When I’m confronted with uncomfortable feelings such as anger, guilt, resentment and jealousy, I see it as an opportunity and I have fun with the process of transforming it. I don’t give my feelings more weight than they actually have, I don’t repeat a negative narrative over and over again. I take a lighter approach by just observing what is and being careful not to overindulge in it. Reminding myself that all suffering comes from self-centeredness (which is close to the opposite of self-love) and a false belief that I am more important than others. Sometimes humor helps. Sometimes I physically and mentally hug myself. I try to be there for myself instead of relying on another person to console me. This would be the equivalent of learning how to self-soothe as a child. Eventually, it’s grip loosens and it passes just as it’s meant to do.

All of these tools are training me and my mind to unlearn toxic behaviors and replace them with uplifting behaviors. I am taking control of my response to situations and consciously choosing the person I want to be. Choosing the future I want to have. Nothing outside of me has the power to do that anymore. I choose to be exactly who I want to be. Again, not from a place of hating the anger and wanting it to go away but rather by accepting it, appreciating it and seeing it as a teacher. Feeling grateful that I have another opportunity to learn and become a better person. Remembering that deep pain has the potential to blossom into the most beautiful realizations. Remembering that there is no lotus without mud.

That is self-love.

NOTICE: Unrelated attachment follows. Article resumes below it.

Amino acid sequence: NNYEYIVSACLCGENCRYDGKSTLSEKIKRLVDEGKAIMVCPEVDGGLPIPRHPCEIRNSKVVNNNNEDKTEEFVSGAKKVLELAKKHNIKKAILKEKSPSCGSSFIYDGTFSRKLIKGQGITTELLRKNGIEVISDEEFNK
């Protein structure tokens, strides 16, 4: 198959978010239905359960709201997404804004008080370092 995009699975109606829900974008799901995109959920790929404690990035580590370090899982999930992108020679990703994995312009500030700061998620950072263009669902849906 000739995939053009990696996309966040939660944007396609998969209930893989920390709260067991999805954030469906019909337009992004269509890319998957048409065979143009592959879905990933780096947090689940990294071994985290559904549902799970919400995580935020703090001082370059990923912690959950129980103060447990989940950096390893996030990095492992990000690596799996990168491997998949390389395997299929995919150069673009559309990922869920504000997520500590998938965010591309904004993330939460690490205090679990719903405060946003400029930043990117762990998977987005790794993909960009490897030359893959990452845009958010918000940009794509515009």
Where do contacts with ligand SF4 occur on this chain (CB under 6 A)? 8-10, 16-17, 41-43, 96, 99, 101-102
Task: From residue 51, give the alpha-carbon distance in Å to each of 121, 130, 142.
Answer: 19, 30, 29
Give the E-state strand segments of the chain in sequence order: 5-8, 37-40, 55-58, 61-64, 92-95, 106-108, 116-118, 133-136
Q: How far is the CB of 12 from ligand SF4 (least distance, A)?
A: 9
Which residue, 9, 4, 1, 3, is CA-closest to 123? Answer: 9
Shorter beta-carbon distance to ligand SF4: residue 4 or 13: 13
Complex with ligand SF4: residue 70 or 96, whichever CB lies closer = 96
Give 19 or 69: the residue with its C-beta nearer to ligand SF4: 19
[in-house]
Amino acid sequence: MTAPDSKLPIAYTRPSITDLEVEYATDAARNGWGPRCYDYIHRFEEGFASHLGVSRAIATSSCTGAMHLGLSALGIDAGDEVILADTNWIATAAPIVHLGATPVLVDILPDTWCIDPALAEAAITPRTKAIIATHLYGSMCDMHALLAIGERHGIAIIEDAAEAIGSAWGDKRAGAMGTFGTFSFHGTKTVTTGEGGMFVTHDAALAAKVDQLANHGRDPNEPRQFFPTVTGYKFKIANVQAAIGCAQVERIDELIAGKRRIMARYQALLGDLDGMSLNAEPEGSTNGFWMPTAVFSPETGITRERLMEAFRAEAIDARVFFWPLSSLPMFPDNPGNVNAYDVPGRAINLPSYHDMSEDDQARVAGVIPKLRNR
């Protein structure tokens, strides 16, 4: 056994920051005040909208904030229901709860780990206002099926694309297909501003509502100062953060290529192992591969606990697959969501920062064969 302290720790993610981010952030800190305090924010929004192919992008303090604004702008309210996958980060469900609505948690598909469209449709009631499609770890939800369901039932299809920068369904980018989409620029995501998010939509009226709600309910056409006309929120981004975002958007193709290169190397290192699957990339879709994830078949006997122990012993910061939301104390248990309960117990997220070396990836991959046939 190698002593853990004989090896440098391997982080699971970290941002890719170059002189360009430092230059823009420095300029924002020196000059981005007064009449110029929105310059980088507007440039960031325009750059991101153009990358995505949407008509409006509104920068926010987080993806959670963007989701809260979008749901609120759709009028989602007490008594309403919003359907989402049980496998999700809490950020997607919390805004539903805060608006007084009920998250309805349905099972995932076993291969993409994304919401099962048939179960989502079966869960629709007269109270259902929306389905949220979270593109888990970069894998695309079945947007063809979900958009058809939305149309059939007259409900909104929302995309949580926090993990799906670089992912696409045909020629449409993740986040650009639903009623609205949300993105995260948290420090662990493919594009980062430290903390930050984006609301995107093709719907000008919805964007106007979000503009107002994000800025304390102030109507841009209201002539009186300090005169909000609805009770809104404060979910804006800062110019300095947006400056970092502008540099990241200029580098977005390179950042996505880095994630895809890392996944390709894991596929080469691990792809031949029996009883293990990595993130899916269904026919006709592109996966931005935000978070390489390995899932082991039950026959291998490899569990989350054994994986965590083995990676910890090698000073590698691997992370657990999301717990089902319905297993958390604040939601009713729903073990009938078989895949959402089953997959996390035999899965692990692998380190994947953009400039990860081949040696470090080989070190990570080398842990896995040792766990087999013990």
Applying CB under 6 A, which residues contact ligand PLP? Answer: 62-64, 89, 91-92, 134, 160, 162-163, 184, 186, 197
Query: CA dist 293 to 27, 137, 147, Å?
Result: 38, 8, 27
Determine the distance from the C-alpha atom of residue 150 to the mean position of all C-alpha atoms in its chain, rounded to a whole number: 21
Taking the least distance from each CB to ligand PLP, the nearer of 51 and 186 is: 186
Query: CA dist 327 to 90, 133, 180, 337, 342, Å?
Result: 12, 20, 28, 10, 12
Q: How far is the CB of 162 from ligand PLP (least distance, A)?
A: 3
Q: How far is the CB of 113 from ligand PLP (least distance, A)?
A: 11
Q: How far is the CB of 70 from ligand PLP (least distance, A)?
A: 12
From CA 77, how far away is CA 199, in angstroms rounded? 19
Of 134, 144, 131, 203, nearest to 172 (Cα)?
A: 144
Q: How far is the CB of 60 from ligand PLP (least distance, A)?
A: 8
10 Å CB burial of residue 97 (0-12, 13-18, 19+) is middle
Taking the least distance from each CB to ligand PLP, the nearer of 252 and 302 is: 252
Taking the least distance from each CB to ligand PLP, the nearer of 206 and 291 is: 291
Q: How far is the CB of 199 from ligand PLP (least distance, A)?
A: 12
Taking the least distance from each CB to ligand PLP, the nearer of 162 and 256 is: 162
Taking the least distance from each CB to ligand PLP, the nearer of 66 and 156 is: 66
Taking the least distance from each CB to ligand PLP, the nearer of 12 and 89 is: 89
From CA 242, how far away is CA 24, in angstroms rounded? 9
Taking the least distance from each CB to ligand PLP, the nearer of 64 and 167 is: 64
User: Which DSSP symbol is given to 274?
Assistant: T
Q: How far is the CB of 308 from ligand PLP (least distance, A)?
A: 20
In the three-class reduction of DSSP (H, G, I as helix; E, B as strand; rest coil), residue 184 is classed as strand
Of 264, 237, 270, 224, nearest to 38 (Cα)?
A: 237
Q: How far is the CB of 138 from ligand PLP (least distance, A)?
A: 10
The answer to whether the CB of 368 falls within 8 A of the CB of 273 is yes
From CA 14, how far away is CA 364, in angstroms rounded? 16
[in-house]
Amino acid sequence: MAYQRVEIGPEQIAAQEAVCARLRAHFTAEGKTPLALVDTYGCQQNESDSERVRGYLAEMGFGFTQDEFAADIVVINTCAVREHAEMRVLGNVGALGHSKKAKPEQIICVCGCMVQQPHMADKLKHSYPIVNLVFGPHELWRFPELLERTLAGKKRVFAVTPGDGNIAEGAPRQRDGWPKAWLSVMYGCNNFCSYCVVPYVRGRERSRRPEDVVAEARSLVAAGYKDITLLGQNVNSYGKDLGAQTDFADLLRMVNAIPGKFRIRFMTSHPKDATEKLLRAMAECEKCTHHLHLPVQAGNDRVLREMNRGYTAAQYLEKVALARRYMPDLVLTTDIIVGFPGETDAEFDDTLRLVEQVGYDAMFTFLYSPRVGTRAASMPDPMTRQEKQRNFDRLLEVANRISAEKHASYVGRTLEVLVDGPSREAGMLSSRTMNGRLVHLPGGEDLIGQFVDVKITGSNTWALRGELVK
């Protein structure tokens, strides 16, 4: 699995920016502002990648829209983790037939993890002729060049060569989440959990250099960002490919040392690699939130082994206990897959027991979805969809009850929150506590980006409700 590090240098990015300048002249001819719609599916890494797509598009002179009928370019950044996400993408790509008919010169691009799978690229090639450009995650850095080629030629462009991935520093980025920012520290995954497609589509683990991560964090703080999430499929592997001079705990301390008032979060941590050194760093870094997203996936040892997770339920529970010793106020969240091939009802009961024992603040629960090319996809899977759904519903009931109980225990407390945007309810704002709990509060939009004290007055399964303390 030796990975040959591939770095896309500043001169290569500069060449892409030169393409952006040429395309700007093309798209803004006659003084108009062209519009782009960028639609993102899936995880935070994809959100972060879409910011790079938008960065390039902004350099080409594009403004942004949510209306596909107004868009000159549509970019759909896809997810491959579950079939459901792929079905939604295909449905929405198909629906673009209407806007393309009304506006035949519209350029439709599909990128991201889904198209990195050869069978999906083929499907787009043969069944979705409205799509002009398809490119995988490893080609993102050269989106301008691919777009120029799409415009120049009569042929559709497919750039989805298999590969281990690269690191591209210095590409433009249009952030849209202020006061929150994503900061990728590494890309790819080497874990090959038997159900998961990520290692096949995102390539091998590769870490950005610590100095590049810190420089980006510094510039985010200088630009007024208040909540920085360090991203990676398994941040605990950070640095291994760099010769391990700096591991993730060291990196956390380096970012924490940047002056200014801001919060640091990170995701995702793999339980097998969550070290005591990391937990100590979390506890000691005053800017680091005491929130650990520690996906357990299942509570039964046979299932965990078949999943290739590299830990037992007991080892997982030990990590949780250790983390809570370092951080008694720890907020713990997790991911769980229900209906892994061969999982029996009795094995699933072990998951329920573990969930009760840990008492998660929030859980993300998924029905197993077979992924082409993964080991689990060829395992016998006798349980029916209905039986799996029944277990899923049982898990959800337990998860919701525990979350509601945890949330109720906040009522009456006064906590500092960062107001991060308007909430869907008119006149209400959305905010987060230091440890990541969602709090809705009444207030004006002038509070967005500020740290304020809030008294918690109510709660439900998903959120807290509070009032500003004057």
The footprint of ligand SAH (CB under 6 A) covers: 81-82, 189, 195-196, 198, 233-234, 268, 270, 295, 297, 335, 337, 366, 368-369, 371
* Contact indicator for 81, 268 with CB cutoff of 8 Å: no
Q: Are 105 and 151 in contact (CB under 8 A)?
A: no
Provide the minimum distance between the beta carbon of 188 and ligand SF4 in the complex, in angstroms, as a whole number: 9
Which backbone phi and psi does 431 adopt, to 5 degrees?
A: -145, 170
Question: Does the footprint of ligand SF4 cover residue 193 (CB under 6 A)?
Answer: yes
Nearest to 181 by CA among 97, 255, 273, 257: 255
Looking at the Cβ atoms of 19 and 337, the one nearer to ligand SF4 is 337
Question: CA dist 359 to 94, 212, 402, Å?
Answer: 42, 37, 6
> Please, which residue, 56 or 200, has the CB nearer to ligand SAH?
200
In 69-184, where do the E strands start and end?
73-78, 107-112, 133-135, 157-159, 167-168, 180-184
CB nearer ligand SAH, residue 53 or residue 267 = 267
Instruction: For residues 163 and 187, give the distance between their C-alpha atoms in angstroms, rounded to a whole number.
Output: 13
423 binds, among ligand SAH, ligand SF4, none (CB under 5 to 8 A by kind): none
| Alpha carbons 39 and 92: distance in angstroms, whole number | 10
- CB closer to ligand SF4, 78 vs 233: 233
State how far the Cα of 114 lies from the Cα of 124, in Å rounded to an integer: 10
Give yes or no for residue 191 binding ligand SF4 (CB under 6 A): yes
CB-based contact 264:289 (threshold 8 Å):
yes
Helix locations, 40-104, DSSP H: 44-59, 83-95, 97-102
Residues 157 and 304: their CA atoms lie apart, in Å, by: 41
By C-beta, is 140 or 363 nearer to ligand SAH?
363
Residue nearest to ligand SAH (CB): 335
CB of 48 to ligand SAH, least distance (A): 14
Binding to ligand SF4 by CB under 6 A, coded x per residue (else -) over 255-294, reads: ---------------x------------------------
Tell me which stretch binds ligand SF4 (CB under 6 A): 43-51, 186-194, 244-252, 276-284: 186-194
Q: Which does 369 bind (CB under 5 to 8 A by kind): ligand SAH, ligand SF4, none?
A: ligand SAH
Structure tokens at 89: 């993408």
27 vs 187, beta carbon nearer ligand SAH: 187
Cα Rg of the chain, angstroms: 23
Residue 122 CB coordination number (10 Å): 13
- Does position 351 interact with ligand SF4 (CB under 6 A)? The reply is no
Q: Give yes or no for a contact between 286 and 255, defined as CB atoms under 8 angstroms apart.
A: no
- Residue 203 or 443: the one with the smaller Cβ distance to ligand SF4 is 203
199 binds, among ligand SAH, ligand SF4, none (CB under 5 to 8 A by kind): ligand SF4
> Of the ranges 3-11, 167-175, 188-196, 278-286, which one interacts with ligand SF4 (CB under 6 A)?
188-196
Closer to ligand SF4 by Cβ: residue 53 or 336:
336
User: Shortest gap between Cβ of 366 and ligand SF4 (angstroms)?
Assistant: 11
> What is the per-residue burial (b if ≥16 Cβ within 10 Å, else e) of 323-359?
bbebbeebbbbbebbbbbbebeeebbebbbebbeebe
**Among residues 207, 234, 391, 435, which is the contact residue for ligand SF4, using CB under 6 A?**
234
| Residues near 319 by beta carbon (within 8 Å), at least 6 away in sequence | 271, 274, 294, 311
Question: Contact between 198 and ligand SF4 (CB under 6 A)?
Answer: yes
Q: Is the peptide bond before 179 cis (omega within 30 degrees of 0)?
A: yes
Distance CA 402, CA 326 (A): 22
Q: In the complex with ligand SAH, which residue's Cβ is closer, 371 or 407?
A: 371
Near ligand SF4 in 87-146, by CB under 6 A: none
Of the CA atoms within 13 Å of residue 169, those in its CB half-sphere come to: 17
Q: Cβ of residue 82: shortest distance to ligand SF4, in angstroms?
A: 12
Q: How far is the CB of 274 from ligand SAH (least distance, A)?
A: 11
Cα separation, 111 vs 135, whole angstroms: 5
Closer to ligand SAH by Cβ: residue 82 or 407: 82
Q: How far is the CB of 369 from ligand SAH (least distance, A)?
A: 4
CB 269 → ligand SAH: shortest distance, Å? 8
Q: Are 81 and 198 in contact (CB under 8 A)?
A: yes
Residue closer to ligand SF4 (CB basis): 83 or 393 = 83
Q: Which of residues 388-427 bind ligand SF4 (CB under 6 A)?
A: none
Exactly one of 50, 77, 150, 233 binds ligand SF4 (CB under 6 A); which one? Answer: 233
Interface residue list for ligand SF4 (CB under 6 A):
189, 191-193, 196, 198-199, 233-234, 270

It takes practice and it’s definitely uncomfortable at times. It feels like you’re going against the grain. But self-discipline is essential to live a meaningful life and it takes some effort and pain as we transition out of an old habit that we picked up from childhood. That’s why it’s important to be extremely patient and gentle throughout the process. Perfection is never the goal, in fact, there is no such thing. Incremental steps and appreciation for small victories is a great way to encourage yourself to continue. And remembering why you’re doing this in the first place. Try to enjoy the wonder of being a human and having all these vibrant and colorful emotions that give us the abundant material to transform ourselves. 

Believe that it is possible and it will be. Yes, your mind is that powerful. We can be our own placebo. 

So much of our pain and suffering in life stems from our relationship to ourselves. If we learned how to fall in love with ourselves and really learned to love to be with ourselves through thick and thin, we would avoid doing harm in all aspects of our life. We would treat ourselves, others and the planet with the tenderness and care it deserves. Eventually, ‘self-love’ just becomes ‘all-pervasive love’. A boundaryless and all encompassing energy of oneness. And it all starts with each and every one of us. Imagine the change we can have on the world just through our own energy.

To sum it all up, perhaps self-love is a process of awakening.

8 Replies to “Self-Love”